On or around 30 December last year, Travelex became the target of a massive ransomware attack which ultimately brought down their entire IT infrastructure.
So great was the disruption that, at the time of writing this, the company is still unable to process foreign currency orders other than manually, using paper invoices.
The knock-on effect has been significant. UK banks rely largely on Travelex for the supply of foreign currency and have been unable to process customer orders as a result.
And it could get worse. The attackers claim to have exfiltrated a significant amount of customer personal information and have threatened to publish this unless their ransom demands are met.
What malware and attack vector were used?
The malware, known as Sodinokibi or REvil, exploits a vulnerability in the win32k.sys component of Windows which was known back in 2018 and assigned CVE-2018-8453.
Microsoft patched this vulnerability late in 2018 and published a security advisory with a set of patches here.
The vulnerability is classified as a ‘use after free’ issue. These vulnerabilities occur when memory is allocated and then subsequently deallocated but re-used after deallocation.
If the memory area(s) involved are associated with privileged kernel processes, it is possible for malware to exploit use after free vulnerabilities to gain privileged system access.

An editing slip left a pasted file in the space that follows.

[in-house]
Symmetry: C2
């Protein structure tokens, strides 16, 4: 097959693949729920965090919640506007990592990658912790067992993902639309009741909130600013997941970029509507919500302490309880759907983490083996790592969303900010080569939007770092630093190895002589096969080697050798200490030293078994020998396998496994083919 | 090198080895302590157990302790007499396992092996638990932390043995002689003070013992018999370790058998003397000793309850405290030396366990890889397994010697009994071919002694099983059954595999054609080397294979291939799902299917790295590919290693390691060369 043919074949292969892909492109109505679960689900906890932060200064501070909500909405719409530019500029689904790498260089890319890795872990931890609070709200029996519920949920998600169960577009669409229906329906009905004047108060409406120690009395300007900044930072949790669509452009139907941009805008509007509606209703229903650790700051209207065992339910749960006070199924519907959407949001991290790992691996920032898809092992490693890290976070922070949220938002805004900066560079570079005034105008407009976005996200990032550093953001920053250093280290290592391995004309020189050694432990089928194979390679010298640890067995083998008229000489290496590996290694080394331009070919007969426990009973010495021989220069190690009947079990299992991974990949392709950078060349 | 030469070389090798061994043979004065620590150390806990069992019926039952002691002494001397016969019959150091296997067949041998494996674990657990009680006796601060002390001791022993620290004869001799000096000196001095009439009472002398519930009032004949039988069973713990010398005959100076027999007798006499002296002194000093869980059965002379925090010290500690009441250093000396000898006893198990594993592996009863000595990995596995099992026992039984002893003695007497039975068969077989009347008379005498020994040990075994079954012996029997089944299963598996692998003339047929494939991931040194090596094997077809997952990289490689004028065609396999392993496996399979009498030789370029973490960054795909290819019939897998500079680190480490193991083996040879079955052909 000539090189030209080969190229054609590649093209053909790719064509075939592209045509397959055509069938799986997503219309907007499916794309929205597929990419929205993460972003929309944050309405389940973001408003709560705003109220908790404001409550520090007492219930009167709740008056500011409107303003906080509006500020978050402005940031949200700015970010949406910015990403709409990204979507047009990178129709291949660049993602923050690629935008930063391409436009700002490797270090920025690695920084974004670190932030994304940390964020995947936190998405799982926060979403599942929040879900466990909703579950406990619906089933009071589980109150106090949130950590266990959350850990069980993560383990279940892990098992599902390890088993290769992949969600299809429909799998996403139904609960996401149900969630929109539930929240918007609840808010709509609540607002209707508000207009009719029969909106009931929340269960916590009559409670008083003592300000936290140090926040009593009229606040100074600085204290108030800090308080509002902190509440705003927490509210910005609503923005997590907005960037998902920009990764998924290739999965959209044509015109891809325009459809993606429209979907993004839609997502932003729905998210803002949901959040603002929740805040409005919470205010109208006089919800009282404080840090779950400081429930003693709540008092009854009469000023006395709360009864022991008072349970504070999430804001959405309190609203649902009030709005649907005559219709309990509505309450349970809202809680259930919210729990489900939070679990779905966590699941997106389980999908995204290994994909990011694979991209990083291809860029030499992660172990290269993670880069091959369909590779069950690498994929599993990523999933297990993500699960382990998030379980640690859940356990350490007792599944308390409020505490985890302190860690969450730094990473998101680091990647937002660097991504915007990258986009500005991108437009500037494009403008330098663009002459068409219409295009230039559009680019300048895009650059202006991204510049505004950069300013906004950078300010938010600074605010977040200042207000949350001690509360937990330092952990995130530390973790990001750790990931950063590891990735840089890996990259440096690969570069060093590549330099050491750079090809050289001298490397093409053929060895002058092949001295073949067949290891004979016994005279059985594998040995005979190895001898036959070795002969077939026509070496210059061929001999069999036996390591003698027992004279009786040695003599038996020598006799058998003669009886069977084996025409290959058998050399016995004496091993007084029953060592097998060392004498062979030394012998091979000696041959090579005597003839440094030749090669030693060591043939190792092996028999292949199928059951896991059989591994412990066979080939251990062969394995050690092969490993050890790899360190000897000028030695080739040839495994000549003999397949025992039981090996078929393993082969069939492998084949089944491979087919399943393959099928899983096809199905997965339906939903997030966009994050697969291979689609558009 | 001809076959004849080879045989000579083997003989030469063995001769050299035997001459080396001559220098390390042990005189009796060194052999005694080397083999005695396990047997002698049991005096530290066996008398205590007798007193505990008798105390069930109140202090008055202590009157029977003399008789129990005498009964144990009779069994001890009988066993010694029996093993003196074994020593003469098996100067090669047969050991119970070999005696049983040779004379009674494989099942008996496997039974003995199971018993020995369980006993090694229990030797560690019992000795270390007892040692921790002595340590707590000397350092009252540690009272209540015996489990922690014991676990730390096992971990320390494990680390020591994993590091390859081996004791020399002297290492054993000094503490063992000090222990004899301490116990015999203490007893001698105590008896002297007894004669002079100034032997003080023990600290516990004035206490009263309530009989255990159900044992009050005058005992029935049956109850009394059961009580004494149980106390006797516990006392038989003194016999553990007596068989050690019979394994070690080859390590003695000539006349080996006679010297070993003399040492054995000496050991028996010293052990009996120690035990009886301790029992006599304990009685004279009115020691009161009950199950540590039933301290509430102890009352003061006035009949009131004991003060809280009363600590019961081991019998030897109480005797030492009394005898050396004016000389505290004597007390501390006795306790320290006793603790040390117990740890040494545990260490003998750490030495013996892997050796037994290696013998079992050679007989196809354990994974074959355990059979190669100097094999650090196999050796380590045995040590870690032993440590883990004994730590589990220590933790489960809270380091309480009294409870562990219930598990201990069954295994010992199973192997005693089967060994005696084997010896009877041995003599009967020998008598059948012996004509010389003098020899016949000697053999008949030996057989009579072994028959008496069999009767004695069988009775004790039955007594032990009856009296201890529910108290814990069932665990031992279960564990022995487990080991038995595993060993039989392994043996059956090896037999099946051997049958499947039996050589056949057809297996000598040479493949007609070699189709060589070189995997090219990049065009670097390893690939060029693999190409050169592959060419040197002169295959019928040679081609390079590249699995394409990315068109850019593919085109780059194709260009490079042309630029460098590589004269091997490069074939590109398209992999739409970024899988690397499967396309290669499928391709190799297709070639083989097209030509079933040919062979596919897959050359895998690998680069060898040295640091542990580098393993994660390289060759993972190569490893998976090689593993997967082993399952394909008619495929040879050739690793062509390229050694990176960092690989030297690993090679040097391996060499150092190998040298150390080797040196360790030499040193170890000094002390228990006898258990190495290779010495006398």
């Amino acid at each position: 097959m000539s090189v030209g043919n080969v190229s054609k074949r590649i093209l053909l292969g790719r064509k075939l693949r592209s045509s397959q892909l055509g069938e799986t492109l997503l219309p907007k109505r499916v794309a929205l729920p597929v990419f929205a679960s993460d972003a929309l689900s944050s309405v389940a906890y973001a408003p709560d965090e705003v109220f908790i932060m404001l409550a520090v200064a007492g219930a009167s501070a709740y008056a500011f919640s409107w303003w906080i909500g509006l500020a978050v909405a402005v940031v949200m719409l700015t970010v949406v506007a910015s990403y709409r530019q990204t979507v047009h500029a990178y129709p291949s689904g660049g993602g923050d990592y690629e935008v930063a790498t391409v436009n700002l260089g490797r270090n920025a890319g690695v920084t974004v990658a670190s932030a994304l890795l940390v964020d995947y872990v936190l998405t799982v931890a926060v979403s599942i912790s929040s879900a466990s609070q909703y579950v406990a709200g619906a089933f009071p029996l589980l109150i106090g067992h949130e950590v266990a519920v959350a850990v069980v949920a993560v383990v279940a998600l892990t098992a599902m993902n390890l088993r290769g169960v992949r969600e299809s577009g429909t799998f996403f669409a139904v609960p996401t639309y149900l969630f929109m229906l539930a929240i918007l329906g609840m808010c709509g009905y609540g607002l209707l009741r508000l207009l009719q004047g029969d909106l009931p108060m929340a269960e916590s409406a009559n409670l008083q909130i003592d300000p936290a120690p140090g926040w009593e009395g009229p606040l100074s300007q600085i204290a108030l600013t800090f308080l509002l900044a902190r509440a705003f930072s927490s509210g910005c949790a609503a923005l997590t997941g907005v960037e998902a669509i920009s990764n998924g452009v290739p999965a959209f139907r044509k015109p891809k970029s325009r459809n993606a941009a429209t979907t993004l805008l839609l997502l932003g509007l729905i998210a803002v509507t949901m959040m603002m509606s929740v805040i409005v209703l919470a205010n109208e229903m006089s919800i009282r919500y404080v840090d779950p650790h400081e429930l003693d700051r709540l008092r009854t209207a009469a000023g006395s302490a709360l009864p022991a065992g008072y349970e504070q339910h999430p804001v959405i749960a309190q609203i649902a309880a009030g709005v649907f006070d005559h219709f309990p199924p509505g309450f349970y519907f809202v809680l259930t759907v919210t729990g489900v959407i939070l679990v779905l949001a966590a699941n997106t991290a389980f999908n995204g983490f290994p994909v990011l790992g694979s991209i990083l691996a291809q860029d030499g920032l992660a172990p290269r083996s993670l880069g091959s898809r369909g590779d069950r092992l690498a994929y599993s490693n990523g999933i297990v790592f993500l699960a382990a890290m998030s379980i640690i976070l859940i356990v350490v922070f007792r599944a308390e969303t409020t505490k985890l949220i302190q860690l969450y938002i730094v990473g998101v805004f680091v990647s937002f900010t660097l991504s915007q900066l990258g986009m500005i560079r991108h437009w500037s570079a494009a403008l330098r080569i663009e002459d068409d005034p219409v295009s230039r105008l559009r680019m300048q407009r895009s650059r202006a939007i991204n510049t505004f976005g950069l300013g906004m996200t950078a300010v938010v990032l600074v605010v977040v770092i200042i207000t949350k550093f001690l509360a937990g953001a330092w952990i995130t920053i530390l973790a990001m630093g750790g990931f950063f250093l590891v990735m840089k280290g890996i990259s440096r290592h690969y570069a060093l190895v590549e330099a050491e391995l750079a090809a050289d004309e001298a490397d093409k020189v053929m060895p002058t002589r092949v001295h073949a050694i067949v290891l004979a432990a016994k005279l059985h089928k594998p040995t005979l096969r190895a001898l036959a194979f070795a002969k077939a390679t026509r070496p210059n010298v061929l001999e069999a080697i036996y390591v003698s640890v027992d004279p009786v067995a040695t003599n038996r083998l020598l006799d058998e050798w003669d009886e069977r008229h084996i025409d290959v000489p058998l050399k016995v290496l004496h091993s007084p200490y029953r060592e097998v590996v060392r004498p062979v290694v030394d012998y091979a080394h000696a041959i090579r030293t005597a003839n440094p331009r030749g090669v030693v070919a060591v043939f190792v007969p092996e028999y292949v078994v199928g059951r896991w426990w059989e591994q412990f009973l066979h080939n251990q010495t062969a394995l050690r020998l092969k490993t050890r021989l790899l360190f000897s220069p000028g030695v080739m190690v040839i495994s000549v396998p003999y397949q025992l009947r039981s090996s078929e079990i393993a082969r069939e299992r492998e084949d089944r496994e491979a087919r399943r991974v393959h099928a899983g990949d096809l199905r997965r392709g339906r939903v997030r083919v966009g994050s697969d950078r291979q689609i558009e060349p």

How did the attackers infiltrate the malware?
Traditionally, ransomware attacks are launched by phishing attacks, where a victim clicks on a malicious link in an email. However, in this case the attack is believed to have been launched via an unpatched vulnerability in the company’s Pulse Secure VPN. This vulnerability allowed remote attackers to gain access without a username and password, and also allowed the attackers to view other plaintext passwords.
The vulnerability is discussed in more detail here, and was assigned CVE-2018-13379. It was patched by the vendors in mid-2019.
How can I check if I am vulnerable?
Focusing on the core vulnerability and not the VPN issues, the Microsoft portal shows a complex set of patches which are OS- dependent. To avoid the complexity of trying to reconcile patch history across multiple operating systems, it’s probably simpler to focus on the core component that was patched as part of these updates – win32k.sys, which should be located in the c:\windows\system32 folder.
After analysis of the file lists for each of the Microsoft patches and additionally decompressing one of the .msu files for the Windows 10 1703 patch, which is missing the file list for some reason, the following table shows the win32k.sys versions which are believed to be patched by the updates. If the versions on the target systems are later than these, then the file should be patched.
|Operating System||Build (where applicable)||Patch||Minimum version|
|Windows 10||Initial release||4462922||10.0.10240.16384|
|Windows 10||1507||Not Available||There appears to be no released patch for this build|
|Windows 10||1511||Not Available||There appears to be no released patch for this build|
(* see note)
|Windows 10||1903 and onwards||N/A|
These releases should be already patched
*Note: This release was extracted from the patch manifest as the file list associated with the patch was not published on the Microsoft portal for some reason.
Windows 10 builds 1507 and 1511 are no longer supported. If you are running either of these builds, you should upgrade to a supported build as soon as practical.
Windows 10 adds complexity to the check process